Weekly Reading Topic for June 1, 2019: There Is No Way to Do This
Well, good morning, love! I just opened a Reading for you, my newsletter subscribers and here’s what I heard in answer to the following:
What do my readers most need to hear this weekend? What is the most important message to send to my beloved readers?
The answer was: “There is no way to do this.”
I found some of the concepts in this week’s reading personally challenging, and my mind is still swimming a little from the implications. As Alice would say, “curiouser and curiouser.”
What follows is your Weekly Reading.
Weekly Reading │ There Is No Way to Do This
Q: What does “there is no way to do this” mean?
A: “There is no way to do this” is a radical permission slip from the Universe or Your Own Mind or Divine Entities or God or Whatever Word You Use to Mean Something Bigger and Mysterious and Ineffable.
There is no way to do this means that no matter how you choose to live your life, you are right.
There is no way to do this perfectly, or blamelessly, or brilliantly.
That there is no “one right way” to live your life, and so the way you are living your life, now, cannot be, by definition, “wrong.”
Let’s sit with that for a minute, because honestly, that’s a scary thought, isn’t it?
What freedom that gives us. To really CHOOSE. To know that even when we choose something, let’s say less-than-healthy or less-than-kind or less-than-”good” we are still right to do so.
When the scriptures of various faiths remind us that we have something called “free will” what they mean to say is that we are free to ignore good advice as well as bad. We are free to know the “correct” thing and still do the “incorrect” thing.
We can choose. And our choice is the right one, even when it seems very wrong.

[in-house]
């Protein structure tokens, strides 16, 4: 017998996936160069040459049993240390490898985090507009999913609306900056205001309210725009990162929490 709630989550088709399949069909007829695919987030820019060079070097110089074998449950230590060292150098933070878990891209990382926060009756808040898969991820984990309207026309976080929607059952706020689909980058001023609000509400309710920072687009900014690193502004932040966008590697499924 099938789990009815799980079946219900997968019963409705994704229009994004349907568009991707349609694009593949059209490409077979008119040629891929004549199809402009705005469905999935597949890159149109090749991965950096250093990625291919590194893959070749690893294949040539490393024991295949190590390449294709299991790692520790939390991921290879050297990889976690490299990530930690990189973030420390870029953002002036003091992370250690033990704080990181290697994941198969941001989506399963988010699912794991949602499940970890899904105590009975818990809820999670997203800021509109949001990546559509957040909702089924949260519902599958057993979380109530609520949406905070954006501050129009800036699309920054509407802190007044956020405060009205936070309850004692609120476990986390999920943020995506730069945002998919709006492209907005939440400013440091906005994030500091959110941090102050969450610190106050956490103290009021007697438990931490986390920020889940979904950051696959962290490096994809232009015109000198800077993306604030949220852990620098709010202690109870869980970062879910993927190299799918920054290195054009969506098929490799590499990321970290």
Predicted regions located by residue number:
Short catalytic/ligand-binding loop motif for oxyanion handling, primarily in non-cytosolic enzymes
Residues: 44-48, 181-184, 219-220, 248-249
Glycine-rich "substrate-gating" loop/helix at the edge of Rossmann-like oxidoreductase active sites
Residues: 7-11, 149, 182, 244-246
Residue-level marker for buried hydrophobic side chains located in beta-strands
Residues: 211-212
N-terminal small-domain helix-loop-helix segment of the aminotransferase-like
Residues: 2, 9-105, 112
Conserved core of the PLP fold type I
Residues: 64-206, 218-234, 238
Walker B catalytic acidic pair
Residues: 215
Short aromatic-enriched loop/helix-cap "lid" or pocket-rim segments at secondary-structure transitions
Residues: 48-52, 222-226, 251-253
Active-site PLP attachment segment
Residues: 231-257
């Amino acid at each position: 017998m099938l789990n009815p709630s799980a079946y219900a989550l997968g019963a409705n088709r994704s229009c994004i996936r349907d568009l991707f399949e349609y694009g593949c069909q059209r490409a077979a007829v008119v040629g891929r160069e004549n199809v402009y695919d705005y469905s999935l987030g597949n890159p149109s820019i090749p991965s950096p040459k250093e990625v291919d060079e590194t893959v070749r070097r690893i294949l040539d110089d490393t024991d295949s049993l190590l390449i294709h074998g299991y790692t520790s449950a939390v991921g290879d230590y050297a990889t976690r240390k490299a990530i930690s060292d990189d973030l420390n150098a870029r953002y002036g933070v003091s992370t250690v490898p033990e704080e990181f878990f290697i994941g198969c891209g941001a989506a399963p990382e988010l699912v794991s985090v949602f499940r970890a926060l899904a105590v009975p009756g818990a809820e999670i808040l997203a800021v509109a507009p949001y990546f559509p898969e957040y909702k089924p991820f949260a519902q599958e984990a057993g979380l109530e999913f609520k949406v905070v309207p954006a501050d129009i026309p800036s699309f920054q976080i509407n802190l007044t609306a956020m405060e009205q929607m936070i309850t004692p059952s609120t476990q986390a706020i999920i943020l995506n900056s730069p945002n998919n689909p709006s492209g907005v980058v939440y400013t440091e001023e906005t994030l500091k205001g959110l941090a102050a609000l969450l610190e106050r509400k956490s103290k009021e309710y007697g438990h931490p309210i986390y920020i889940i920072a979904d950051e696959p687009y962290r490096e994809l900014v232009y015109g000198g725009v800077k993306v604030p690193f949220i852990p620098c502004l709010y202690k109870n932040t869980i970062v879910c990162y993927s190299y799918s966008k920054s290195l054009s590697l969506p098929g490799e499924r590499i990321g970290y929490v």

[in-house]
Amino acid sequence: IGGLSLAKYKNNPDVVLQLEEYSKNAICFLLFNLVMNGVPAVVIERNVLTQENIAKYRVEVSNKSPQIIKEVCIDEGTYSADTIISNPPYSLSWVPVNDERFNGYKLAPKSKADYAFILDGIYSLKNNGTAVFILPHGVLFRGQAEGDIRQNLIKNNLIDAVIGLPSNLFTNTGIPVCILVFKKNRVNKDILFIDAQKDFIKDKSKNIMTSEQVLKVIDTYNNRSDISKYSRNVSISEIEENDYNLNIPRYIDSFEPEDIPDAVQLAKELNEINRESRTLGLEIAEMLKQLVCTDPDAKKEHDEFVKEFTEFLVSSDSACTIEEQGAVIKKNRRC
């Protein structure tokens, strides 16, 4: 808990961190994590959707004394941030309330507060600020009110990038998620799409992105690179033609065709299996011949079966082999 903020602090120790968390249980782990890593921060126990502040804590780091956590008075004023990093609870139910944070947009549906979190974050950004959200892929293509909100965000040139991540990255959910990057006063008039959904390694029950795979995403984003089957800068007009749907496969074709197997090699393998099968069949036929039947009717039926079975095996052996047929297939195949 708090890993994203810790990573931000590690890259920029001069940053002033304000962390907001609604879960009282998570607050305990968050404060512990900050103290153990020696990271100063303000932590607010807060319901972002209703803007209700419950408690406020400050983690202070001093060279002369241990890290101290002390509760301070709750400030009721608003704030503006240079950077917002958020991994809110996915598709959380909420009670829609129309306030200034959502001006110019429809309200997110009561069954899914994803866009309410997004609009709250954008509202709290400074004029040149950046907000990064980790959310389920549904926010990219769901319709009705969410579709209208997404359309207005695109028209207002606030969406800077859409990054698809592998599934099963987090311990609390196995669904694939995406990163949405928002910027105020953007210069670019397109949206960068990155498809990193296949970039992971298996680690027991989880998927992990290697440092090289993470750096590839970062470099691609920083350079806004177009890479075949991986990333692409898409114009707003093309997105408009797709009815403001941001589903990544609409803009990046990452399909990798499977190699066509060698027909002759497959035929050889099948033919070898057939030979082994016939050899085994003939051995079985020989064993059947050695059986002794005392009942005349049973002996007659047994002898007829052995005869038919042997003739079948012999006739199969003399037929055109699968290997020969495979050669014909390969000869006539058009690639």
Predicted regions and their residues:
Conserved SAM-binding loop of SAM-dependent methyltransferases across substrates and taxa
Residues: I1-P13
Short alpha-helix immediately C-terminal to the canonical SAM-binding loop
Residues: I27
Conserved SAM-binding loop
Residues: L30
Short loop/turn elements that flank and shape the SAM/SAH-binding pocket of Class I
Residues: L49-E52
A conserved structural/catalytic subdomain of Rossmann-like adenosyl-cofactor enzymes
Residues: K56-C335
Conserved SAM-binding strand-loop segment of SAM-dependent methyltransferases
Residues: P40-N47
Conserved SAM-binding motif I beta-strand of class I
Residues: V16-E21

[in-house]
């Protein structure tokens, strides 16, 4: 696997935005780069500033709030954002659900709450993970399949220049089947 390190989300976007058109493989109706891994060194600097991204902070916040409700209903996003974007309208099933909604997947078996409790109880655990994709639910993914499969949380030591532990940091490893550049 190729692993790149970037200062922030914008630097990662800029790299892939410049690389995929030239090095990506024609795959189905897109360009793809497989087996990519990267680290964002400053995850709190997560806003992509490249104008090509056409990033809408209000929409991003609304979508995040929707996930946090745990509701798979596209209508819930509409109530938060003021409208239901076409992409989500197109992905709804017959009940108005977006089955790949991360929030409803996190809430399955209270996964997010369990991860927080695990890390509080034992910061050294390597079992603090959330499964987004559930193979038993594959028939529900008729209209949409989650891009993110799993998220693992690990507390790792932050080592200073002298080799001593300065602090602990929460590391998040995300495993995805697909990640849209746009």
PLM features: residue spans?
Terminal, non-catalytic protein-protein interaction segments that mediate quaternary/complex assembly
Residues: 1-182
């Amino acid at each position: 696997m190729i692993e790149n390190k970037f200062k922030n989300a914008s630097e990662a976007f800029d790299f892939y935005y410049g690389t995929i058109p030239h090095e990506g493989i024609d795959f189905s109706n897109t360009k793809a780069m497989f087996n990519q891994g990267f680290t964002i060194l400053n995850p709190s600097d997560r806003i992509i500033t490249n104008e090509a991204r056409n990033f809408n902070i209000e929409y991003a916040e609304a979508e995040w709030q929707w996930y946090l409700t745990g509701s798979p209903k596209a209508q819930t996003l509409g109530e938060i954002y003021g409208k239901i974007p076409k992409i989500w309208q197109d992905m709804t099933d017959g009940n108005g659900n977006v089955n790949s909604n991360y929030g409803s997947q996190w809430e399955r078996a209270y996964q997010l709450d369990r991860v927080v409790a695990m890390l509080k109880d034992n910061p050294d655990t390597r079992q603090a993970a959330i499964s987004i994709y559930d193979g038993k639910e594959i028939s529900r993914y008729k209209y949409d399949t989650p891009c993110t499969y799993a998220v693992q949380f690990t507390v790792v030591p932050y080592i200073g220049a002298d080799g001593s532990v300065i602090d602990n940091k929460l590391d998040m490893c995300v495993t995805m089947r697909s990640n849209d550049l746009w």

There are about a million ways this plays out. Sometimes one individual makes a series of choices that bring disaster upon themselves, and upon others — and yet also births a series of great insights, epiphanies, and works of art in the process. (Hint: the person inflicting pain on others is often not the person who benefits from their actions. The beneficiaries are often the sufferers, the ones who learn from that experience just how precious life, love, and freedom really are.)
Each of you has someone in mind, someone in your own life who has made life hell for others and also inadvertently inspired great, big, bold, beautiful acts of life and art. Truth through suffering, right?
Then there is the person who chooses the “correct” path and brings disaster upon their house and home, and pain and suffering to countless others, by being relentlessly dogmatic and ideological. Their enforcement of their “right thinking” leads to choices that often seem identical in effect to the person making “wrong” choices. It’s a snake-eating-its-tail chain of suffering begetting sublimity.
In other words, there is no way to do this.
There is no way to be good, or evil, alone. We are all combinations of so many flavors of both that we could never be pigeonholed into one definitive category.
It’s just not possible. We are all capable of all.
Now, everyone reading this on this beautiful summer morning is a person who intends good, and wants to bring love. I can feel that. And so why on earth are we talking about the propensity for not-good, not-love?
Because we all need a little break from the judgment war. The war we wage on our own minds, daily, relentlessly, the war of our hearts and minds, the war that breaks us apart, leaves us rocking in a foxhole, hands covering our ears, mud raining down on our heads.
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That humility — living close to the earth, down in the mud, bloodied and broken, deafened by our own roaring screams as we chastise ourselves for not doing well, not doing enough, not doing everything, not being all that we think we should/could be — that humility we feel is there for our use, not our punishment.
It’s to call our attention, to make us realize that There Is No Way to Do This. No. One. Right. Way.
Which means that we could do more of what WE think we should do.